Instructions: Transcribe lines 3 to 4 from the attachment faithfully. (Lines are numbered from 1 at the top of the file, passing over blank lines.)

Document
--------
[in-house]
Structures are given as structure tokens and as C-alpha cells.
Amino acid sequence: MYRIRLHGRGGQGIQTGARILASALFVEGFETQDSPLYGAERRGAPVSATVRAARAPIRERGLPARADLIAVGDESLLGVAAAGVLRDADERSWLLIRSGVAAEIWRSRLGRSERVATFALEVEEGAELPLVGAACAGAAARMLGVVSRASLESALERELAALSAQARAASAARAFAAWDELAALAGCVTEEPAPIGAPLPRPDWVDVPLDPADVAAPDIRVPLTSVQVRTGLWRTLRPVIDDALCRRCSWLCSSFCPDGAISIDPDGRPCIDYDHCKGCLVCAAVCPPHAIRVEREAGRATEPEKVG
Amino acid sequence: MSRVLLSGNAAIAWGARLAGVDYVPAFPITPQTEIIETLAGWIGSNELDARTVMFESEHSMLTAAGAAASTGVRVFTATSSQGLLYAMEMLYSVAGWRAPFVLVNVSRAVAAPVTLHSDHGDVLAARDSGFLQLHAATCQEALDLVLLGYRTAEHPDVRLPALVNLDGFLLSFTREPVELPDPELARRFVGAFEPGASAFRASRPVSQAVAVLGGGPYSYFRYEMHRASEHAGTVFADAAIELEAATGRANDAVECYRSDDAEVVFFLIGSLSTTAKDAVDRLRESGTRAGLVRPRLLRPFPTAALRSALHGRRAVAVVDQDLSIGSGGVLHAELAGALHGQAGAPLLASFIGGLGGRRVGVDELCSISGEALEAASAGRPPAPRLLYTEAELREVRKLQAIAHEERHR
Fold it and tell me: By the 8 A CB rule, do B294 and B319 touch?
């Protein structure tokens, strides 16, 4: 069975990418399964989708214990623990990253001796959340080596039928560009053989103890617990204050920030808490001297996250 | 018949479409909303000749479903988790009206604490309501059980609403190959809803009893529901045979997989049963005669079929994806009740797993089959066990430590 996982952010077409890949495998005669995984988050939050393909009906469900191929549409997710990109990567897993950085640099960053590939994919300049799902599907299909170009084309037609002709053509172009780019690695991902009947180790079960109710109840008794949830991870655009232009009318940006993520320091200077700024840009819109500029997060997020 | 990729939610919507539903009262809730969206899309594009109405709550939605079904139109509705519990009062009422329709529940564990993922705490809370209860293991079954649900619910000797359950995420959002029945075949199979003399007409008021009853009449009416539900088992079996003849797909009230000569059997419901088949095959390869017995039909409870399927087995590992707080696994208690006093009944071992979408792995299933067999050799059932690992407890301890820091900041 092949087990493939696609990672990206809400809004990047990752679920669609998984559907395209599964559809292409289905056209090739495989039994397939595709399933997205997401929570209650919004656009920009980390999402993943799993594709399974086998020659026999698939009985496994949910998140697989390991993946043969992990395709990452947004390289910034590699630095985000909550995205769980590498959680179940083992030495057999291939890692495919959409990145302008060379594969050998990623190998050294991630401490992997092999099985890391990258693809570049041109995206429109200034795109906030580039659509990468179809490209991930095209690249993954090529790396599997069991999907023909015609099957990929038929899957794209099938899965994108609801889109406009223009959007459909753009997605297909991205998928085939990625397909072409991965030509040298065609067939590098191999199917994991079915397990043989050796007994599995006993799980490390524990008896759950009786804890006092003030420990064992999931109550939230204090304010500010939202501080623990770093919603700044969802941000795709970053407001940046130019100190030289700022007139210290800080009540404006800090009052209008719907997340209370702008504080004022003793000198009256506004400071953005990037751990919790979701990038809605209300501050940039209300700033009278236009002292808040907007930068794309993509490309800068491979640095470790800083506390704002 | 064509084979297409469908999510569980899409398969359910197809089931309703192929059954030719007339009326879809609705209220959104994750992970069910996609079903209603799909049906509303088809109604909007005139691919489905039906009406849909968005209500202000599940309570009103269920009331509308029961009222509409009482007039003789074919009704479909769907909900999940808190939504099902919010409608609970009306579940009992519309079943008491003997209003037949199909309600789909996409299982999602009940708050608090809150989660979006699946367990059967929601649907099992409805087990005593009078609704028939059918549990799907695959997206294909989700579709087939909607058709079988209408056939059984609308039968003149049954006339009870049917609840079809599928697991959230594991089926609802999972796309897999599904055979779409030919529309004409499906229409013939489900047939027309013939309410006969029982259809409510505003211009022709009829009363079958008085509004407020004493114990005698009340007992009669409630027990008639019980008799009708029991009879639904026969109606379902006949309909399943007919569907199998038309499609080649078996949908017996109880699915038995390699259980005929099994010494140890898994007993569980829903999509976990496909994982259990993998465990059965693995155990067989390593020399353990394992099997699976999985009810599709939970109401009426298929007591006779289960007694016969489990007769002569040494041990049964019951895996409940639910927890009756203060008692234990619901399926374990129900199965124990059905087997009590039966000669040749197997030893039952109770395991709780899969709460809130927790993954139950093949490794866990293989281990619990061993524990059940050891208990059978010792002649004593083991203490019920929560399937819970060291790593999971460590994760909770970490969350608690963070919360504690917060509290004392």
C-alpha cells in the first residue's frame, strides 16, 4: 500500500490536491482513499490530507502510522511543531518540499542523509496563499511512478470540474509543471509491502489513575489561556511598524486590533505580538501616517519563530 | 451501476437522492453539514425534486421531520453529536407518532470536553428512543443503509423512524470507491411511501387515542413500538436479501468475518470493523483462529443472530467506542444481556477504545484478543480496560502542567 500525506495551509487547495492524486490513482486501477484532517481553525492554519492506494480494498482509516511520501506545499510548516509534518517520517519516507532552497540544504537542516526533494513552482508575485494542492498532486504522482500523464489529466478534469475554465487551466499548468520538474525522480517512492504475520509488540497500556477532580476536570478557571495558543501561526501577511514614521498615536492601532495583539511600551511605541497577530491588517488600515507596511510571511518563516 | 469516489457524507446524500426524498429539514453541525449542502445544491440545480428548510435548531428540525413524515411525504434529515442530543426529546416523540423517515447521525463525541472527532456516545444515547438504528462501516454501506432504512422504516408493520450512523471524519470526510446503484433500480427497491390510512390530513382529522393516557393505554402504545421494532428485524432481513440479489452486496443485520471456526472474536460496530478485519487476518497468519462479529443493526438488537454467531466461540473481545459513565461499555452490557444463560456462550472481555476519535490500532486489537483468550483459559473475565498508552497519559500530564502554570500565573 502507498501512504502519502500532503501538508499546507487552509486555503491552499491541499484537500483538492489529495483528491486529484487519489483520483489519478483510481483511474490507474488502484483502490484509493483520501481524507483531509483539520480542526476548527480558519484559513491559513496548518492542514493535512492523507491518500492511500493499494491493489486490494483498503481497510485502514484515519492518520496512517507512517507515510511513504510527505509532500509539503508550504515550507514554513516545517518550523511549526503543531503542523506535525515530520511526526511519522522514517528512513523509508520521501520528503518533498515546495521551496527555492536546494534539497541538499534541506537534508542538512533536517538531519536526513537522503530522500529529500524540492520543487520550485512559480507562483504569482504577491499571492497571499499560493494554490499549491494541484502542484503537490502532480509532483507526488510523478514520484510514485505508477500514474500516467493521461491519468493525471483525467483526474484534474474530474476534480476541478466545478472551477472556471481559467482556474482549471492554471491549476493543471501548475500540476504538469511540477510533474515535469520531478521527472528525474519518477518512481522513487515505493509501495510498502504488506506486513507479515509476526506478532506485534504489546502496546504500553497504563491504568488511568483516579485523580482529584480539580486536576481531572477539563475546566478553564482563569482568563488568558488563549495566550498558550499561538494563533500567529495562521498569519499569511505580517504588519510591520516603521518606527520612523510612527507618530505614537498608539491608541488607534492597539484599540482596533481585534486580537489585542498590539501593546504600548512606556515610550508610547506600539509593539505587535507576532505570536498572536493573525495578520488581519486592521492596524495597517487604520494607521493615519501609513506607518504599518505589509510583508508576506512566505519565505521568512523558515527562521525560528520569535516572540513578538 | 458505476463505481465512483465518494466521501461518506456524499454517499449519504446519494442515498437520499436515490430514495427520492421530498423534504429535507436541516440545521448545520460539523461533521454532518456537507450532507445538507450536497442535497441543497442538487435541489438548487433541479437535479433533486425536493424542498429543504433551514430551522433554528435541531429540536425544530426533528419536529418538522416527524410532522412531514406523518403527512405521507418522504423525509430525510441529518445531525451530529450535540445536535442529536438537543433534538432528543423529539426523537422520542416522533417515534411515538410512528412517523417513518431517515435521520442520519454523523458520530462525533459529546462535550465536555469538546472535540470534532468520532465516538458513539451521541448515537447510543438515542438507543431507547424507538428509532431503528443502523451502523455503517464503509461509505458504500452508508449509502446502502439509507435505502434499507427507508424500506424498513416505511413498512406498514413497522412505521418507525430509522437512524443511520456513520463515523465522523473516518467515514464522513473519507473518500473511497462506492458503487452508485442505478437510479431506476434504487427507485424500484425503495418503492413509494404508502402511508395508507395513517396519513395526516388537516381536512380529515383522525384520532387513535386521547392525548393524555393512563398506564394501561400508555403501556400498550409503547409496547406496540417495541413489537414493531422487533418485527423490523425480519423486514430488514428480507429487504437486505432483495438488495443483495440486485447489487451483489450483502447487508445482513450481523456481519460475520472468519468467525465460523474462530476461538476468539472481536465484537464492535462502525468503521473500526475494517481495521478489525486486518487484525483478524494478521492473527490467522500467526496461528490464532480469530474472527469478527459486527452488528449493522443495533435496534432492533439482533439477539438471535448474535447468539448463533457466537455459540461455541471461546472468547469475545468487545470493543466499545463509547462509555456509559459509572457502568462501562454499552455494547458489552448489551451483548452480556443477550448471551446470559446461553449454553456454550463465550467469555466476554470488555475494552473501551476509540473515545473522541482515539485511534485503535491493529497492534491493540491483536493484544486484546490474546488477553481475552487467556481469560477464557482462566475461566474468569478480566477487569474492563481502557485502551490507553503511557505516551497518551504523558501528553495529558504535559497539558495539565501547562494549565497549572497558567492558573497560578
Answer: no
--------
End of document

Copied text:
Amino acid sequence: MYRIRLHGRGGQGIQTGARILASALFVEGFETQDSPLYGAERRGAPVSATVRAARAPIRERGLPARADLIAVGDESLLGVAAAGVLRDADERSWLLIRSGVAAEIWRSRLGRSERVATFALEVEEGAELPLVGAACAGAAARMLGVVSRASLESALERELAALSAQARAASAARAFAAWDELAALAGCVTEEPAPIGAPLPRPDWVDVPLDPADVAAPDIRVPLTSVQVRTGLWRTLRPVIDDALCRRCSWLCSSFCPDGAISIDPDGRPCIDYDHCKGCLVCAAVCPPHAIRVEREAGRATEPEKVG
Amino acid sequence: MSRVLLSGNAAIAWGARLAGVDYVPAFPITPQTEIIETLAGWIGSNELDARTVMFESEHSMLTAAGAAASTGVRVFTATSSQGLLYAMEMLYSVAGWRAPFVLVNVSRAVAAPVTLHSDHGDVLAARDSGFLQLHAATCQEALDLVLLGYRTAEHPDVRLPALVNLDGFLLSFTREPVELPDPELARRFVGAFEPGASAFRASRPVSQAVAVLGGGPYSYFRYEMHRASEHAGTVFADAAIELEAATGRANDAVECYRSDDAEVVFFLIGSLSTTAKDAVDRLRESGTRAGLVRPRLLRPFPTAALRSALHGRRAVAVVDQDLSIGSGGVLHAELAGALHGQAGAPLLASFIGGLGGRRVGVDELCSISGEALEAASAGRPPAPRLLYTEAELREVRKLQAIAHEERHR